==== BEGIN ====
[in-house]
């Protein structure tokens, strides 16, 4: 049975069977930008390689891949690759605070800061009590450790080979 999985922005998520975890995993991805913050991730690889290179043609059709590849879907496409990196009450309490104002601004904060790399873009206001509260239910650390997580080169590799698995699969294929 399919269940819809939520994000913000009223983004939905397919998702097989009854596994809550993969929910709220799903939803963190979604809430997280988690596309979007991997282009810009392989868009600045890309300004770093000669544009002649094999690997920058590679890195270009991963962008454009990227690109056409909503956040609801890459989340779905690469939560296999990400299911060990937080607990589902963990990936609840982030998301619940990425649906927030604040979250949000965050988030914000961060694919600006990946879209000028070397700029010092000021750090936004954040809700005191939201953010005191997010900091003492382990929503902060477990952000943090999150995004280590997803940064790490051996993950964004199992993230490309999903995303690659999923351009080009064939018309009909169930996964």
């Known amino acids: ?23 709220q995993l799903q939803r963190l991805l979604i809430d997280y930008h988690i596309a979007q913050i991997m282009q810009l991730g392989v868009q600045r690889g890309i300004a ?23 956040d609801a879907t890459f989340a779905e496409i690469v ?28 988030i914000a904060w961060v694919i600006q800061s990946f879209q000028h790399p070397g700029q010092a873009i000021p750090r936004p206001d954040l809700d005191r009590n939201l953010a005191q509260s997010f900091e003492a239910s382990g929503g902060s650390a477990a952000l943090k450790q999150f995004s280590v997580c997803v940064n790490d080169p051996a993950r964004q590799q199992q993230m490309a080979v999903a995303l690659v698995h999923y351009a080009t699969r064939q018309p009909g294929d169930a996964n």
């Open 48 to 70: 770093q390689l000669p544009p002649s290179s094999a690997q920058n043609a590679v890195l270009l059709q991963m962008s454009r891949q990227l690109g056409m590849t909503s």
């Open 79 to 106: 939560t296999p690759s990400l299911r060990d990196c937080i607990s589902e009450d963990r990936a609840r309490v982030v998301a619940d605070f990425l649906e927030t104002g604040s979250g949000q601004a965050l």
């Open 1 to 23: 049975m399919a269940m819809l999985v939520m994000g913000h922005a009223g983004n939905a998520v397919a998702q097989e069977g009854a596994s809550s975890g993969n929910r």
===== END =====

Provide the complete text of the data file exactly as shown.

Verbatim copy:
[in-house]
């Protein structure tokens, strides 16, 4: 049975069977930008390689891949690759605070800061009590450790080979 999985922005998520975890995993991805913050991730690889290179043609059709590849879907496409990196009450309490104002601004904060790399873009206001509260239910650390997580080169590799698995699969294929 399919269940819809939520994000913000009223983004939905397919998702097989009854596994809550993969929910709220799903939803963190979604809430997280988690596309979007991997282009810009392989868009600045890309300004770093000669544009002649094999690997920058590679890195270009991963962008454009990227690109056409909503956040609801890459989340779905690469939560296999990400299911060990937080607990589902963990990936609840982030998301619940990425649906927030604040979250949000965050988030914000961060694919600006990946879209000028070397700029010092000021750090936004954040809700005191939201953010005191997010900091003492382990929503902060477990952000943090999150995004280590997803940064790490051996993950964004199992993230490309999903995303690659999923351009080009064939018309009909169930996964």
């Known amino acids: ?23 709220q995993l799903q939803r963190l991805l979604i809430d997280y930008h988690i596309a979007q913050i991997m282009q810009l991730g392989v868009q600045r690889g890309i300004a ?23 956040d609801a879907t890459f989340a779905e496409i690469v ?28 988030i914000a904060w961060v694919i600006q800061s990946f879209q000028h790399p070397g700029q010092a873009i000021p750090r936004p206001d954040l809700d005191r009590n939201l953010a005191q509260s997010f900091e003492a239910s382990g929503g902060s650390a477990a952000l943090k450790q999150f995004s280590v997580c997803v940064n790490d080169p051996a993950r964004q590799q199992q993230m490309a080979v999903a995303l690659v698995h999923y351009a080009t699969r064939q018309p009909g294929d169930a996964n």
């Open 48 to 70: 770093q390689l000669p544009p002649s290179s094999a690997q920058n043609a590679v890195l270009l059709q991963m962008s454009r891949q990227l690109g056409m590849t909503s």
């Open 79 to 106: 939560t296999p690759s990400l299911r060990d990196c937080i607990s589902e009450d963990r990936a609840r309490v982030v998301a619940d605070f990425l649906e927030t104002g604040s979250g949000q601004a965050l």
């Open 1 to 23: 049975m399919a269940m819809l999985v939520m994000g913000h922005a009223g983004n939905a998520v397919a998702q097989e069977g009854a596994s809550s975890g993969n929910r």